In a healthcare environment that is rapidly changing, clinical healthcare professionals are often faced with difficult choices regarding the well being of patients. Some of these choices sometimes become engrained in ethical dilemmas. In fact, these ethical dilemmas are the ones that often give rise to different or varying opinions when it comes to decision making in healthcare management. In this paper, I am going one ethical dilemma and then come up with a comprehensive plan to deal with this dilemma.
Ethical Dilemma: Patient Autonomy vs. Beneficence
One of the biggest ethical dilemmas that healthcare professionals are faced with is concerned with patient autonomy vs. beneficence. In medical terms, patient autonomy is the patient’s right to make self decisions related to their healthcare without undue influence of the medical practitioner. On the other hand, beneficence is an action that is essentially done for other’s benefit. These actions are taken with the motive to remove or prevent harm or to improve the general situation of others (Brown 1999).
Patient autonomy and beneficence often clash in medical fraternities. The values and principles of the health community that is the hospital staff may conflict with the values of the patient or their families. One particular example of this is the refusal to have blood transfusions, in spite of the negative consequences that may accompany this refusal.
Possible Solution Alternatives
This ethical dilemma often brings out varying opinions in the decision making process in healthcare. There are however several alternatives to dealing with this dilemma. One of them would be to consider autonomy as a parameter gauge for individual healthcare and thus use it whenever issues related to it arise. In another alternative, the medical fraternity can come up with a comprehensive plan for evaluating the capacity of a patient to make critical health decisions (Dracopoulou 2006). In another alternative which I actually think it’s the best, the medical institution should formulate a dynamic plan that assembles a team of various health professionals that sits down whenever issues of patient autonomy and beneficence arises.
Specific Plan Model
In this particular plan, the health professionals would comprise of different health staff that have direct dealings with the patient. For example, the panel would comprise of the patient’s doctors, a nurse, hospital administrator, and a family representative. The matter at hand would be laid before the table and a comprehensive discussion and compromise session would take place.
A potential three step strategy that would come in handy in such a situation would be comprised of the following elements.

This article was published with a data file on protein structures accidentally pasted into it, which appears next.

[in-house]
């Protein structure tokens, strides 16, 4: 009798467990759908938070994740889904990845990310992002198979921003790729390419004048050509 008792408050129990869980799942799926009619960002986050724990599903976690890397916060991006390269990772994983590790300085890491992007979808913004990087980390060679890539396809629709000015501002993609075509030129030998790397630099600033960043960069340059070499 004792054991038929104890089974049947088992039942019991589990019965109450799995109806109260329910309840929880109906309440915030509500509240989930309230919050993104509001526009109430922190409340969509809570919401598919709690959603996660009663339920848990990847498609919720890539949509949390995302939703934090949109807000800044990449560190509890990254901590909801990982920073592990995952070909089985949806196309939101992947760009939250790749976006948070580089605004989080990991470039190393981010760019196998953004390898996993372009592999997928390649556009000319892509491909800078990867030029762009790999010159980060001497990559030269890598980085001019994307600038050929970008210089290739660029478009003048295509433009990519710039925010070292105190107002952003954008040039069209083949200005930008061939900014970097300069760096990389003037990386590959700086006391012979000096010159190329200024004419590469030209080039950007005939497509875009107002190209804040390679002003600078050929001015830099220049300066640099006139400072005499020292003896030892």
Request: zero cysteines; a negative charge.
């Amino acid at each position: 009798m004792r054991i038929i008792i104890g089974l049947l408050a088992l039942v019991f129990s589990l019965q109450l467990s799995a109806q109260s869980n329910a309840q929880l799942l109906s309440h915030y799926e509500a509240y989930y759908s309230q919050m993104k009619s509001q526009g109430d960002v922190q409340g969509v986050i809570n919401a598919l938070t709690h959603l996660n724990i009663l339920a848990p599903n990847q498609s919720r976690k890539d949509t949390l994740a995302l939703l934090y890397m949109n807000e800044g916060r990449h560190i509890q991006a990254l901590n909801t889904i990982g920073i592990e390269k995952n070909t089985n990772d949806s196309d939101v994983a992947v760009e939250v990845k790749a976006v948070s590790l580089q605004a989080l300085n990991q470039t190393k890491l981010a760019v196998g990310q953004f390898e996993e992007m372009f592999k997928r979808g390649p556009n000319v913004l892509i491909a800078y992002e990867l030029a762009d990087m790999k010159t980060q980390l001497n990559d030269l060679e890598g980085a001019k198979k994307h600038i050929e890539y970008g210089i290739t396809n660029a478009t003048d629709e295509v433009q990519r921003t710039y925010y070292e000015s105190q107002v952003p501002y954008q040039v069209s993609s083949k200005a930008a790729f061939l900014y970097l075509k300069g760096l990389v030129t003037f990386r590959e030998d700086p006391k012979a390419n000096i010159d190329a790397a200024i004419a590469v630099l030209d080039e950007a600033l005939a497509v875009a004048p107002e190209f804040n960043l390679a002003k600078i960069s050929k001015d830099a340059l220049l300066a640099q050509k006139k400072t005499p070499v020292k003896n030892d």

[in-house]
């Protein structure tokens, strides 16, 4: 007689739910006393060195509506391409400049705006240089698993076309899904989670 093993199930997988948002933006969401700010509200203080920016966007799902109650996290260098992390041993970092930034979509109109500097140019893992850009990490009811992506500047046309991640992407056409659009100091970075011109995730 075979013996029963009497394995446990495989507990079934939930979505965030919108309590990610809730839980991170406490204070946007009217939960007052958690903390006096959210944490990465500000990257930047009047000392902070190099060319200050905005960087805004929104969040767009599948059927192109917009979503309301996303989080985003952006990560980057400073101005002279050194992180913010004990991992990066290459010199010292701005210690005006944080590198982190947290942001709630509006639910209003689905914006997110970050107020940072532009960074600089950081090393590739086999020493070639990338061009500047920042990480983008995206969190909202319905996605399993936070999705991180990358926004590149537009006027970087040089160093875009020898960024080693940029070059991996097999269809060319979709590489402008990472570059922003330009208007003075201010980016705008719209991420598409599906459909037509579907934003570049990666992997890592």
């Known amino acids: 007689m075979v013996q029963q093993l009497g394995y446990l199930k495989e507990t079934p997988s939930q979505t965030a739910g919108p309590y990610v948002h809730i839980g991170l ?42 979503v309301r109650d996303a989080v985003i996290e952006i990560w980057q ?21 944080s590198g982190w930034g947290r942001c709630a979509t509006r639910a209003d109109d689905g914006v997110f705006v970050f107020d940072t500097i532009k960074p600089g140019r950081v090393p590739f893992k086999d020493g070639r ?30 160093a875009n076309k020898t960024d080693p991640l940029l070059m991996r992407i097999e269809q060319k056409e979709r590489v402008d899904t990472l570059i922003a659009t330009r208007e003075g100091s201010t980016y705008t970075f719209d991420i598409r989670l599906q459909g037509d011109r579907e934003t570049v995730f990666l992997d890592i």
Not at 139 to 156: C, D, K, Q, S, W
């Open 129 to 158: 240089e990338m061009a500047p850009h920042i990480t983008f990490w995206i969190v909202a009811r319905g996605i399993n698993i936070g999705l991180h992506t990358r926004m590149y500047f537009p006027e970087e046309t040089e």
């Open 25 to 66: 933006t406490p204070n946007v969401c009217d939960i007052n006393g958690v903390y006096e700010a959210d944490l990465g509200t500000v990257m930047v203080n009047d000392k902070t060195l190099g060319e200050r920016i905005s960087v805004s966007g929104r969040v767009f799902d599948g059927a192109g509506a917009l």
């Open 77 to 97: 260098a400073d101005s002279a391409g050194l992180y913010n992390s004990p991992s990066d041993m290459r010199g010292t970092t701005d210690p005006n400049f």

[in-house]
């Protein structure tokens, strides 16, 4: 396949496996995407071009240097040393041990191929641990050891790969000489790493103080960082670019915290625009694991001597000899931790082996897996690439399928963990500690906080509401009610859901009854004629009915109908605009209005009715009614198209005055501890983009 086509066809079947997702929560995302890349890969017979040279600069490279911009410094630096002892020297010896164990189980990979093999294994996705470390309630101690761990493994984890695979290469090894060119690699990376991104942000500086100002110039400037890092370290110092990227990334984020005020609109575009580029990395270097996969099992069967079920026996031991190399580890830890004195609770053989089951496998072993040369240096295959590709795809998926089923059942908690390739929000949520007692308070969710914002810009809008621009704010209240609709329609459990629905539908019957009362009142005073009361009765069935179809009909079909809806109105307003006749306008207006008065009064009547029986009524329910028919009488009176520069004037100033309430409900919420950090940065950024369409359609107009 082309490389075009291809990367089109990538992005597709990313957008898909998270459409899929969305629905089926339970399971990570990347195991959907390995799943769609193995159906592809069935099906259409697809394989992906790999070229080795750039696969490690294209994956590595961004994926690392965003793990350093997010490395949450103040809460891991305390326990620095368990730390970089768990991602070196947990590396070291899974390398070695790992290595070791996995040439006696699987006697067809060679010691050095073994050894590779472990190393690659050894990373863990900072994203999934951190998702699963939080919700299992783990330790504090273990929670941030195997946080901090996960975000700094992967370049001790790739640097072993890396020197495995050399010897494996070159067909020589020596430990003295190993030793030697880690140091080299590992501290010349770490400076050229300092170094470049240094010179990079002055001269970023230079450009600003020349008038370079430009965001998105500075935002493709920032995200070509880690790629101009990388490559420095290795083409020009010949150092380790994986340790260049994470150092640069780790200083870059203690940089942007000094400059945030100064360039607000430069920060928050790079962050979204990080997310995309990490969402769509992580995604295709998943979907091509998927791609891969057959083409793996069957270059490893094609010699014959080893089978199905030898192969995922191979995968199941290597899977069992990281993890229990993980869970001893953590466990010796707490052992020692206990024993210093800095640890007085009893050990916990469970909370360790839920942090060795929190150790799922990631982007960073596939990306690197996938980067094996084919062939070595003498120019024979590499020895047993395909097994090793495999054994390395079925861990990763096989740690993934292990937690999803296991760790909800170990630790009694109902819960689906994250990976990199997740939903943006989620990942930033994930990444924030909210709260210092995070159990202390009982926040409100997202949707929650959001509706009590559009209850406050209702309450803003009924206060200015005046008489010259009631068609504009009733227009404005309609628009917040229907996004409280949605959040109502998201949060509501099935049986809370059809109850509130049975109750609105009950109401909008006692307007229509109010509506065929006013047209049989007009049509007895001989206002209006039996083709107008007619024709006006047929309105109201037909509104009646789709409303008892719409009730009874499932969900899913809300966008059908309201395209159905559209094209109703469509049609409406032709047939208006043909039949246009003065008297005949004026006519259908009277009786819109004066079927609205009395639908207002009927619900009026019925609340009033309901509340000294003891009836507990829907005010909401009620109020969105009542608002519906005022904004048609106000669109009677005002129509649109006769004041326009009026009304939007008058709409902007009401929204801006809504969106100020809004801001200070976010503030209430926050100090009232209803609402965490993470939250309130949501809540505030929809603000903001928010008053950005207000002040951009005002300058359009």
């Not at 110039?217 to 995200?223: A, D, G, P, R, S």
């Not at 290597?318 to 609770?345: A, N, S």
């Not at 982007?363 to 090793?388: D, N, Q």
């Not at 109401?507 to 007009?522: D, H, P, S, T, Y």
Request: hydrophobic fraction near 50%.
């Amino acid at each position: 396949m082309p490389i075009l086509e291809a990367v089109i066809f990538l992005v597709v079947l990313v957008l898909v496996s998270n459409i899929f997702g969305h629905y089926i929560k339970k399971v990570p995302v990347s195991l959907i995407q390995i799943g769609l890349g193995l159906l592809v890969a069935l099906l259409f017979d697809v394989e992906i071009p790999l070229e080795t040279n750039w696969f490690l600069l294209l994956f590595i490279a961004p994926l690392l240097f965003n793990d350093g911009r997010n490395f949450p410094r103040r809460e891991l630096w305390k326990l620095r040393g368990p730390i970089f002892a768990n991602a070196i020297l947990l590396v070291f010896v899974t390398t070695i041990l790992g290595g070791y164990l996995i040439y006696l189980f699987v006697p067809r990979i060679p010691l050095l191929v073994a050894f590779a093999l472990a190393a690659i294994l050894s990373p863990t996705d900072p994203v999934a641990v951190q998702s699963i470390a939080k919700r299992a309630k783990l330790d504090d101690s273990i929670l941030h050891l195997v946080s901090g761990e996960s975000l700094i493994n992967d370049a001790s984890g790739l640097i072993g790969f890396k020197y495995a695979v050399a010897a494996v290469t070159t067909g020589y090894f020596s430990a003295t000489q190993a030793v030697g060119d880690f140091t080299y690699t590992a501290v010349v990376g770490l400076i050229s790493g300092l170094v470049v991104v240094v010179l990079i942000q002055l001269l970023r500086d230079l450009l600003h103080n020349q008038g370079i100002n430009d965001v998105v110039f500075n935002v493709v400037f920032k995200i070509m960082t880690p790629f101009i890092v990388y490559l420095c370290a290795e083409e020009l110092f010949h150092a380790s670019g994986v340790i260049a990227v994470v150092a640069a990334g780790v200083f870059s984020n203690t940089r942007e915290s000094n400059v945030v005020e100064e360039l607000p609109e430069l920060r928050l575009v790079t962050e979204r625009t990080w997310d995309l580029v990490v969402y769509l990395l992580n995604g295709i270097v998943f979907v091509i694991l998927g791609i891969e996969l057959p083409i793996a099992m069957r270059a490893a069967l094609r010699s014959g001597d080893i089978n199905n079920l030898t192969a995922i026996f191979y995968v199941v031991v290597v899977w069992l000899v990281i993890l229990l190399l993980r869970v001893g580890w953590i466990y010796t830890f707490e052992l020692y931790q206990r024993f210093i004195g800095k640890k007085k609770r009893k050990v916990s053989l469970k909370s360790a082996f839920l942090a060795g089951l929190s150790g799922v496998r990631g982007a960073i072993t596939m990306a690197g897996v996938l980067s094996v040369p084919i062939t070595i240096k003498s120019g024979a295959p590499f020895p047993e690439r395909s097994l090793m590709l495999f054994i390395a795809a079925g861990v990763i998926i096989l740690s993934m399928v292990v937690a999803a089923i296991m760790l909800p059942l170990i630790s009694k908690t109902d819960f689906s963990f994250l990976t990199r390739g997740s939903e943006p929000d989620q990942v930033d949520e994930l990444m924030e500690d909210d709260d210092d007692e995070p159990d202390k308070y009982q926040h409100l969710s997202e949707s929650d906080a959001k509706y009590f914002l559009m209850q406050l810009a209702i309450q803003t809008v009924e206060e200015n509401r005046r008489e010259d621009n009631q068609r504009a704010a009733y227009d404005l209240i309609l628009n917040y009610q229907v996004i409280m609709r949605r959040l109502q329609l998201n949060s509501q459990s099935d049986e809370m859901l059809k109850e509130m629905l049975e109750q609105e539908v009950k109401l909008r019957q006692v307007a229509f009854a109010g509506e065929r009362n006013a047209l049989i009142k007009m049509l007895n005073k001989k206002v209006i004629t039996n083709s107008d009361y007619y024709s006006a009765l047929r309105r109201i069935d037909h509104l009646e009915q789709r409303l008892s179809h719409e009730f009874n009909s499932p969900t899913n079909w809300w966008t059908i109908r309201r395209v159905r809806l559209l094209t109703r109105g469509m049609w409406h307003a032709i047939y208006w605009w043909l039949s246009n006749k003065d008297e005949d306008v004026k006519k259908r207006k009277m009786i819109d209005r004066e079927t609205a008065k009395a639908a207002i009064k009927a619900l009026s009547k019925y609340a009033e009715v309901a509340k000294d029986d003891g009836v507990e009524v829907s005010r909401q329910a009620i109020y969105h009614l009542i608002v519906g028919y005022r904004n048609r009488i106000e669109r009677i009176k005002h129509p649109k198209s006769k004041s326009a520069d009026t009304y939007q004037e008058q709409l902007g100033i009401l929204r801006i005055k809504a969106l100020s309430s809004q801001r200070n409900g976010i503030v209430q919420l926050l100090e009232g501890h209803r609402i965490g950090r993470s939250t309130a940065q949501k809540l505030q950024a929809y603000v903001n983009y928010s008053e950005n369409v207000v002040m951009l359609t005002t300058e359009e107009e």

- Analysis of the consequences
Before engaging in this, it is crucial that the stipulations of the law are considered. As Pozgar (2012) states, the decision made must be one that abides to the established laws of the land. After this is done, the consequences can then be analyzed. Some of the questions to be considered include: How wills the patient benefit from the decision? Who will be hurt by the medical decision? Will the decision be beneficial in the long term or the short term only?
- Analysis of the actions
In this step, an analysis of all the actions is done with absolutely no regard to the consequences. Things considered include, how a given medical option weighs up against moral principles, for example, honesty, equality, fairness, respect of other’s dignity and rights. It is also important to consider whether the medical option involves a conflict of rights or principles between various people.
- Making the decision
This is the final step where all the parts of the analysis form the first two steps are taken into account before making the decision.
Roles of the Participants
Every member in this particular group has an important part to play. For example, the patient’s doctor would provide the panel with all the medical implications and also define all the medical jargon that may require further interpretation. The nurse who usually spends more time with the patient would provide the panel with vivid description of the patient’s medical tendencies and attitudes. The hospital administrator would give an evaluation of the hospital’s policies and how the measure up against the opinions of the panel members. The family member would provide the panel with a final family’s opinion on the whole issue.
The harmonization of the different opinions and perspectives from members of the panel would inadvertently enable a decision that will ultimately benefit the patient even when the patient may not appreciate it at his present condition. I also believe that such a model would help to alleviate the implications of the major issue at hand, and that is the emergence of varying opinions in the decision making process in healthcare management.
Brown, M. (1999). Health Care Management: Strategy, Structure, and Process. New York:
Jones & Bartlett Learning.
Dracopoulou, S. (2006). Ethics and Values in Healthcare Management. London: Routledge.
Pozgar, G. D. (2012). Legal aspects of health care administration. Sudbury, Mass: Jones & Bartlett Learning.